From cats to editors – a top 10 of authors’ little helpers

The page before you is blank. When you try to write a sentence, it is like dragging your feet through a quagmire. With every slurpy step, the idea that you are a writer seems more absurd. Story? Hah! Who is going to read this stuff anyway? An hour ticks by. You write a sentence. You read it. Your groan. You delete it.

You tell yourself that this is just one of those days, but then these days every day is one of those days.

The moment has arrived when you need your writer’s support system – that safety net of encouragement and distraction that you have erected to catch  you when you are in danger of plummeting into the abyss.

The questions is: who are you going to call?

  1. The spouse/lover/close friend (good). They know you well enough to recognise when you’re in trouble: the reluctance to get out of bed, the hollow look in the eye, the sudden enthusiasm for household chores. They will endure for a while the sighs and silences, the staring out of the window, the bouts of martyred ironing. Then, with an instinct and timing born of love, they will do or say something to send you back to the desk feeling that not only can the mountain before you be conquered, but that you are the very person to do it.
  2. The agent (good). You are a professional, not some footler caught up in a silly fantasy about being a writer. The good agent is there to remind you, quietly but firmly, that you have a job to do, that others (herself, for example) depend on your not falling apart when the going gets tough. It is quite a skill, to keep someone writing without adding to the pressure on them, and you are lucky if you have an agent who knows how to do it.
  3. The fellow-writer. Neither so successful that the tiniest bit of glad news from their lives can send you into a downward spiral, nor so hopeless that they are even needier than you are, your fellow-writer will know what you are going through and will quietly remind you that it goes with the territory and always has.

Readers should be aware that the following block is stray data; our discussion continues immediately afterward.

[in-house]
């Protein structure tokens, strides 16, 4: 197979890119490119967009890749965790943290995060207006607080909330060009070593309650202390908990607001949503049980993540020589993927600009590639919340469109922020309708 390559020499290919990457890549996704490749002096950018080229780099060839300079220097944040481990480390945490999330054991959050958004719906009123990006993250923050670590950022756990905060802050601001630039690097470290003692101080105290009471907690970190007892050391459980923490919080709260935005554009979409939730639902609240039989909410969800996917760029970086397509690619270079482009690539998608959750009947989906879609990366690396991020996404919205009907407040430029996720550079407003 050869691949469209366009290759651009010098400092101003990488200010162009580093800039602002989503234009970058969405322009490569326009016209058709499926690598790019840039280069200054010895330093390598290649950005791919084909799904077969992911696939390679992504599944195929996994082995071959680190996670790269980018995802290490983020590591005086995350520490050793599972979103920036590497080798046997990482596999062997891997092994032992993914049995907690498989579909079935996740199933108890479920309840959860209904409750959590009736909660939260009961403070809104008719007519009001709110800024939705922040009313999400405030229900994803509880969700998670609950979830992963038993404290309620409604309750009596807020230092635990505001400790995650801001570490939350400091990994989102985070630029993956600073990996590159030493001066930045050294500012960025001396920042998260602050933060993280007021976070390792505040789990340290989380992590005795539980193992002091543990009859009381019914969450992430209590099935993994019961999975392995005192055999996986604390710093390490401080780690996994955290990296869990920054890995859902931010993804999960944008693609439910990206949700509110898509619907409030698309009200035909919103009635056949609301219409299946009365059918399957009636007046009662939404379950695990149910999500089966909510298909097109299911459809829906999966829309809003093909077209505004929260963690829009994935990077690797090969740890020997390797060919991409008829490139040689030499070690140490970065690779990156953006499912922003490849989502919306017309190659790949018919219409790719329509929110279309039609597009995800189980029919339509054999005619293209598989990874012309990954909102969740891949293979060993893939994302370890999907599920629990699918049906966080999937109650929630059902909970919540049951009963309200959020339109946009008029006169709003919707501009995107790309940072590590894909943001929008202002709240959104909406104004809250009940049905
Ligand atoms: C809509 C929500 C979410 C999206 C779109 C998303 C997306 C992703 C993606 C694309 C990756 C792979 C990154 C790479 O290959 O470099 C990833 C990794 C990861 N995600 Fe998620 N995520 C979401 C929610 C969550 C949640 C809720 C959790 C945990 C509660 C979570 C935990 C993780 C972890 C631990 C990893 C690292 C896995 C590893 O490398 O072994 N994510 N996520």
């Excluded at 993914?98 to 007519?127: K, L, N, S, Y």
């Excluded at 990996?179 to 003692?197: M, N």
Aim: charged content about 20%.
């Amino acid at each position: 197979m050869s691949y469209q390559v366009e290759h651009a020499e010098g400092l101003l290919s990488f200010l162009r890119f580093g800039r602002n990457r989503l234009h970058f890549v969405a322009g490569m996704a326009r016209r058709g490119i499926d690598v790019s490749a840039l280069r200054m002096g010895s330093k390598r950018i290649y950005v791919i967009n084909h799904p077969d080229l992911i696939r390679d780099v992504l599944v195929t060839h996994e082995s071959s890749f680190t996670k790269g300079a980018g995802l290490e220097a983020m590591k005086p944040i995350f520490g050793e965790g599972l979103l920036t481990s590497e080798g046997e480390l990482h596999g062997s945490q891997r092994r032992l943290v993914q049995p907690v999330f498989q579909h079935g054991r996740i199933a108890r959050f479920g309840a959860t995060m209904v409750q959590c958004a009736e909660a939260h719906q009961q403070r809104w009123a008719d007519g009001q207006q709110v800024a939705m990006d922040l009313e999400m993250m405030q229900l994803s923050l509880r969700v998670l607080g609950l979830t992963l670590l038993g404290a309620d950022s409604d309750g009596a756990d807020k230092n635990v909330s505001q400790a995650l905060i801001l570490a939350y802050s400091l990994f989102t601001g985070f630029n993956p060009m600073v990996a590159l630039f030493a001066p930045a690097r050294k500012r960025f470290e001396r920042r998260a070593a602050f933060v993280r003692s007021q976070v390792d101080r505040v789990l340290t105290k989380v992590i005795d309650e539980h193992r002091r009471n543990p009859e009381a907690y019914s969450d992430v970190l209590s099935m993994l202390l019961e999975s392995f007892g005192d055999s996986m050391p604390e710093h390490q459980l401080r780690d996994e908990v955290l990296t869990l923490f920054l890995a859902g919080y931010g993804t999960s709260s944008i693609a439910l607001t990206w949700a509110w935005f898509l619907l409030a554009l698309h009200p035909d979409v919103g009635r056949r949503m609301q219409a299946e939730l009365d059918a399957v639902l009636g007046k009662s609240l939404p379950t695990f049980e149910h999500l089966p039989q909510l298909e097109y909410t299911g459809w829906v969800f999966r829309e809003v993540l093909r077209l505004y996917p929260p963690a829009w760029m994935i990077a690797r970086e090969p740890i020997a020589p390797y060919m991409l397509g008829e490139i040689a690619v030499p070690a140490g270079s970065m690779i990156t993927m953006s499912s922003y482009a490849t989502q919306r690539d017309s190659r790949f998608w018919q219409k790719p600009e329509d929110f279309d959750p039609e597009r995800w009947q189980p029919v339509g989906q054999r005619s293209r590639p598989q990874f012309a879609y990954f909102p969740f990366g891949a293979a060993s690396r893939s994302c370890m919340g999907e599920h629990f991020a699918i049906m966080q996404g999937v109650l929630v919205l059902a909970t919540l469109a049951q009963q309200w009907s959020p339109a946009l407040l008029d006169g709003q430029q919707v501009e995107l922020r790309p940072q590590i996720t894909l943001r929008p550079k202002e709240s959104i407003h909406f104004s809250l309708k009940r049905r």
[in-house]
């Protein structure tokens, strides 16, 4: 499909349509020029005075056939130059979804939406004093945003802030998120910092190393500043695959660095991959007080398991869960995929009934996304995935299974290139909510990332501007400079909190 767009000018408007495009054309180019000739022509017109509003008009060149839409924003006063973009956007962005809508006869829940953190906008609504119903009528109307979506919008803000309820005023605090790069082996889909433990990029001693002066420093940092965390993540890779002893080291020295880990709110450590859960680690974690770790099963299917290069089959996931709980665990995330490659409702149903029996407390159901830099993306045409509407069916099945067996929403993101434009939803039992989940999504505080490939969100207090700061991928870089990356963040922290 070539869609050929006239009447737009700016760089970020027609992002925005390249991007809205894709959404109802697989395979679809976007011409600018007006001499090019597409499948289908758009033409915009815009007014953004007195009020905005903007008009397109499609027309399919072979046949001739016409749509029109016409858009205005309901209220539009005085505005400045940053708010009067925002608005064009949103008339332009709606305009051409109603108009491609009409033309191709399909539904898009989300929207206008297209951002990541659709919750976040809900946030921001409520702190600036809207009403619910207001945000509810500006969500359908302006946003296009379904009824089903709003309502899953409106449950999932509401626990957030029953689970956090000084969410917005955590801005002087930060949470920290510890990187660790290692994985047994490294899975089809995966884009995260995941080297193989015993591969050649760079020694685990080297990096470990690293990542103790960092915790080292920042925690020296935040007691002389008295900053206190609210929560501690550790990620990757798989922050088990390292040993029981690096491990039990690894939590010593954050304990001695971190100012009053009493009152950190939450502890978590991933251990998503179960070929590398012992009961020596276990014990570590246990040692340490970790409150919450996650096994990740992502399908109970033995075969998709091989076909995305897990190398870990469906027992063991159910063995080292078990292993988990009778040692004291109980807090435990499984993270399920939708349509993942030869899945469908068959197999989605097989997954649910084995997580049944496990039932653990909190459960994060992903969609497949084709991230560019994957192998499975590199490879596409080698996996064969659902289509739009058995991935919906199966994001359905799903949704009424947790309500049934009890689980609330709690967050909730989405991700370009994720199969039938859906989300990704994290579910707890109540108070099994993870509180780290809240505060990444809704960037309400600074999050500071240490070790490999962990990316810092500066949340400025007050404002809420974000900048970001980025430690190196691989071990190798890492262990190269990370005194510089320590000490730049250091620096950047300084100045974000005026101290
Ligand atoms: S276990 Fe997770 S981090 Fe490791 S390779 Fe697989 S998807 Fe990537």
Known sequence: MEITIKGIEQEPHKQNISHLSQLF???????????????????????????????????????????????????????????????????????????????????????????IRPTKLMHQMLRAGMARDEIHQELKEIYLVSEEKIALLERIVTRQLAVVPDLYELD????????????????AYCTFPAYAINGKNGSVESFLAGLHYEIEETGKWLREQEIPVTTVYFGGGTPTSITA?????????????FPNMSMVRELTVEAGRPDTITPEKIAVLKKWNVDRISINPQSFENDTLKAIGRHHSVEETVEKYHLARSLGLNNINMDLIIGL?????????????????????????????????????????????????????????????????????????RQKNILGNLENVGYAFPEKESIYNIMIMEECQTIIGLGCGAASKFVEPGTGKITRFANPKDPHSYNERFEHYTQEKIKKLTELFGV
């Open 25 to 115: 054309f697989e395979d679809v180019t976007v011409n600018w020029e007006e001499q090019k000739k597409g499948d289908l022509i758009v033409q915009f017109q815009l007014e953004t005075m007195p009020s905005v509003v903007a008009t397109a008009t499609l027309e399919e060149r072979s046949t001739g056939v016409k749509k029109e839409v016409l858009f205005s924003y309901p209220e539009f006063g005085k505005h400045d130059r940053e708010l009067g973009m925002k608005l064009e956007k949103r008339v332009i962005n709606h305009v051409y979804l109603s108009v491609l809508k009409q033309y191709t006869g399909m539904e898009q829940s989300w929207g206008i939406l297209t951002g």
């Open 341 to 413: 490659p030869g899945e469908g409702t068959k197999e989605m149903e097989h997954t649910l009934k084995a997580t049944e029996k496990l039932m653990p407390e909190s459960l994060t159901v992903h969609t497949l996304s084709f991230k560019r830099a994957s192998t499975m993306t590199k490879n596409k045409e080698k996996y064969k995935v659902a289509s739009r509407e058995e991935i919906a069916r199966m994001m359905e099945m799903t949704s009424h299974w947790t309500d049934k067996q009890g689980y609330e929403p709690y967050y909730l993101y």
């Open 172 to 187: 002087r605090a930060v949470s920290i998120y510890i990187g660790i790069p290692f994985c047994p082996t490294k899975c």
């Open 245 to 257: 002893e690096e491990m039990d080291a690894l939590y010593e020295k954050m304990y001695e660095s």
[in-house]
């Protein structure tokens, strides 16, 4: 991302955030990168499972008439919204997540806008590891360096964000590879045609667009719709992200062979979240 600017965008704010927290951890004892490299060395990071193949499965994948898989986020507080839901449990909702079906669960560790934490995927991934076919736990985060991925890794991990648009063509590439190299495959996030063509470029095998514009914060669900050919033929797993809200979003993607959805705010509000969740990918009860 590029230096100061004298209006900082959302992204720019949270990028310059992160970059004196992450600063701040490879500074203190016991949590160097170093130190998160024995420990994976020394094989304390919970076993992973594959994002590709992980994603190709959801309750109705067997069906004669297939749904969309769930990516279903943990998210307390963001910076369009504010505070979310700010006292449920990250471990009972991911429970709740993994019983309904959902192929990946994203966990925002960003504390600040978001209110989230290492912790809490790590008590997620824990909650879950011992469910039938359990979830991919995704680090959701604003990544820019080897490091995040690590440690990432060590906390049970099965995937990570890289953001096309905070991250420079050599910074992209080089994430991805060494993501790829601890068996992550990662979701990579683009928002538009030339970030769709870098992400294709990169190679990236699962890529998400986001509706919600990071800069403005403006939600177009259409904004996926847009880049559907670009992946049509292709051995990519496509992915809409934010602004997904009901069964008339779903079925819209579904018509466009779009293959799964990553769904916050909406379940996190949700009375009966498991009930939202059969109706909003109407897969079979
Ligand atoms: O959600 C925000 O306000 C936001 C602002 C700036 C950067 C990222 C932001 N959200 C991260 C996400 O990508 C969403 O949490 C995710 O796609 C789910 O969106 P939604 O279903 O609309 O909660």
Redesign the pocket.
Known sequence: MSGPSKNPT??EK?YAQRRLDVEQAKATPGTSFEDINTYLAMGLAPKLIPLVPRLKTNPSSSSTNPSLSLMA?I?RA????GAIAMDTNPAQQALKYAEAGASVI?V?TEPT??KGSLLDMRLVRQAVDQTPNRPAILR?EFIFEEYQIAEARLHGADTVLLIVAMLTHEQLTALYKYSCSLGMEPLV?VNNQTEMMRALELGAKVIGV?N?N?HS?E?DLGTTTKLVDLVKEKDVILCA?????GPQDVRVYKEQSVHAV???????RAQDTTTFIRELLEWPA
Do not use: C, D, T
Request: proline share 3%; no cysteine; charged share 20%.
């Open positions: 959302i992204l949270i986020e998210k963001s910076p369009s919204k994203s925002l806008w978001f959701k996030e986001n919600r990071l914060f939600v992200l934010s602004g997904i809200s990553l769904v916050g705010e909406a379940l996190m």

4. The cat. Devious, predatory, self-centred and morally unreliable, cats reflect your own writerly nature but in a soft, purring incarnation. Their haughty, slightly bored presence as you write is not only calming in itself, but can shame you into squeezing out more words as you are watched through narrowed eyes.
  5. The editor (good). A real editor, as opposed to a product-manager whose talent is for talking bollocks at consumer-demographic meetings, is now something of a rarity. If you are fortunate to have one who has a brain uncontaminated by corporatism, he or she will be an important, if mostly silent, part of your support system. Do not turn to them when you are in trouble – there is a limit to their patience – but remember that they are there, waiting and watching, like God.
  6. Your children. For them, writing is simply what Mummy or Daddy does as a job. You write your words, and food appears on the table every day. It is the natural order of things. Telling them tearfully the problems you are having with your narrative arc is a waste of time. Their trusting, selfish little eyes will be enough to tell you that you have to butch up and keep going.
  7. The writers’ group. For beginners, these therapy sessions are a spur to creativity. The other writers remind you that you are not alone. One day, you will discover that alone is exactly what you are – in fact, that aloneness is an essential part of the deal – and will soon drift away from the group.
  8. The non-feline pet. Each provides small rewards for the author. A dog, adoring you however badly you write, is good for self-esteem. A rat will be a fascinating distraction. A parrot might make you feel like Flaubert. But not too much reliance should be put on pets. A novel depending on your relationship with a hamster is in a very fragile state.
  9. Your parents. They are rooting for you, of course they are. They have always had faith in your talent. On the other hand, they are your parents and that is only to be expected. Eventually their caring calls and encouraging smiles will merely sharpen your despair
  10. The spouse/lover/close friend/agent/editor (bad). There is a continuing debate in literary circles as to whether it is better to have              negative support  – someone you can talk to but who will invariably make you feel worse – than no support at all. On balance, dysfunctional  relationships are probably more productive than a wasteland of solitude and self-loathing. You will add to your to-do list: finish the book, then  sort out your life.


This article was commissioned for the Endpaper column of The Author, and appeared in its summer issue.